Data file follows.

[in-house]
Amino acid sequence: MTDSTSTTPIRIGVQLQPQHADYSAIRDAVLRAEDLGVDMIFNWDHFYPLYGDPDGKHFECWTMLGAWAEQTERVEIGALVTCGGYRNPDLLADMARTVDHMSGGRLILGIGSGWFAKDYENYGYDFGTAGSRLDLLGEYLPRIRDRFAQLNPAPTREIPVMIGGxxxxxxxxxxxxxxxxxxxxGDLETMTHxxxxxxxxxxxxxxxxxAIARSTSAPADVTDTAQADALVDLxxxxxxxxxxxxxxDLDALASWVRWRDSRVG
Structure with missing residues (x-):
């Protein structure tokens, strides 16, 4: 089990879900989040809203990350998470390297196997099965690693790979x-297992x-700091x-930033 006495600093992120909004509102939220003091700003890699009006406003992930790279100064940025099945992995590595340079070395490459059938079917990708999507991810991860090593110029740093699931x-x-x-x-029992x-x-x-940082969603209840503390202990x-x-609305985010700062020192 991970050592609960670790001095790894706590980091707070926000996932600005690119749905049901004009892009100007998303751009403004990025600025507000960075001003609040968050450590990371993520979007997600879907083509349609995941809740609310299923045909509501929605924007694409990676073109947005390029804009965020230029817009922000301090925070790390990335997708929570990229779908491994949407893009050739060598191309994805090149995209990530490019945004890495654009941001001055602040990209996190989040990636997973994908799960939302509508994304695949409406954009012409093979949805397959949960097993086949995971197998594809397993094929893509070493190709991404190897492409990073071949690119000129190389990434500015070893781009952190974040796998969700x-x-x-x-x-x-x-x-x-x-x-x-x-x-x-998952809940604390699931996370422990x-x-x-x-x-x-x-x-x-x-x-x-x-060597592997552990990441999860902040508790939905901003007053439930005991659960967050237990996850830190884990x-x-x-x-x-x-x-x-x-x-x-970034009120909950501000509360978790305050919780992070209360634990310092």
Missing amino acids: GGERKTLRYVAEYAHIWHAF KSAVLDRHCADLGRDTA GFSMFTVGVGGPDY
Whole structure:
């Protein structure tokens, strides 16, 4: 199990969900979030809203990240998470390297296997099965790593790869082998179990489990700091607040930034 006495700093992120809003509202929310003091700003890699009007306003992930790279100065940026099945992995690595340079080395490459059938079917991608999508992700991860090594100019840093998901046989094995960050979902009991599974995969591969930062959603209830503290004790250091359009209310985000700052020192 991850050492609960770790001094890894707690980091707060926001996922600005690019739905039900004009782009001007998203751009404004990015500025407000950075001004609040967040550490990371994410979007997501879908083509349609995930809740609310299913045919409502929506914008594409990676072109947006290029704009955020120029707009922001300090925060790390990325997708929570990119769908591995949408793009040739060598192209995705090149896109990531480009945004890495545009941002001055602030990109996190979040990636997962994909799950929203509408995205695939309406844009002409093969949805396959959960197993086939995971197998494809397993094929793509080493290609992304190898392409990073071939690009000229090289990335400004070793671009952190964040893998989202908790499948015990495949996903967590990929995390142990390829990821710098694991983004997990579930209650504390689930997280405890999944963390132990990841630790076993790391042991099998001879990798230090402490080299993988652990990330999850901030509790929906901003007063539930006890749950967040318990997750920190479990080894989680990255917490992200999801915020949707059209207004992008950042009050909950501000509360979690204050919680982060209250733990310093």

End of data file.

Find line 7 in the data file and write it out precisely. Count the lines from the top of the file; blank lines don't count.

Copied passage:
């Protein structure tokens, strides 16, 4: 199990969900979030809203990240998470390297296997099965790593790869082998179990489990700091607040930034 006495700093992120809003509202929310003091700003890699009007306003992930790279100065940026099945992995690595340079080395490459059938079917991608999508992700991860090594100019840093998901046989094995960050979902009991599974995969591969930062959603209830503290004790250091359009209310985000700052020192 991850050492609960770790001094890894707690980091707060926001996922600005690019739905039900004009782009001007998203751009404004990015500025407000950075001004609040967040550490990371994410979007997501879908083509349609995930809740609310299913045919409502929506914008594409990676072109947006290029704009955020120029707009922001300090925060790390990325997708929570990119769908591995949408793009040739060598192209995705090149896109990531480009945004890495545009941002001055602030990109996190979040990636997962994909799950929203509408995205695939309406844009002409093969949805396959959960197993086939995971197998494809397993094929793509080493290609992304190898392409990073071939690009000229090289990335400004070793671009952190964040893998989202908790499948015990495949996903967590990929995390142990390829990821710098694991983004997990579930209650504390689930997280405890999944963390132990990841630790076993790391042991099998001879990798230090402490080299993988652990990330999850901030509790929906901003007063539930006890749950967040318990997750920190479990080894989680990255917490992200999801915020949707059209207004992008950042009050909950501000509360979690204050919680982060209250733990310093």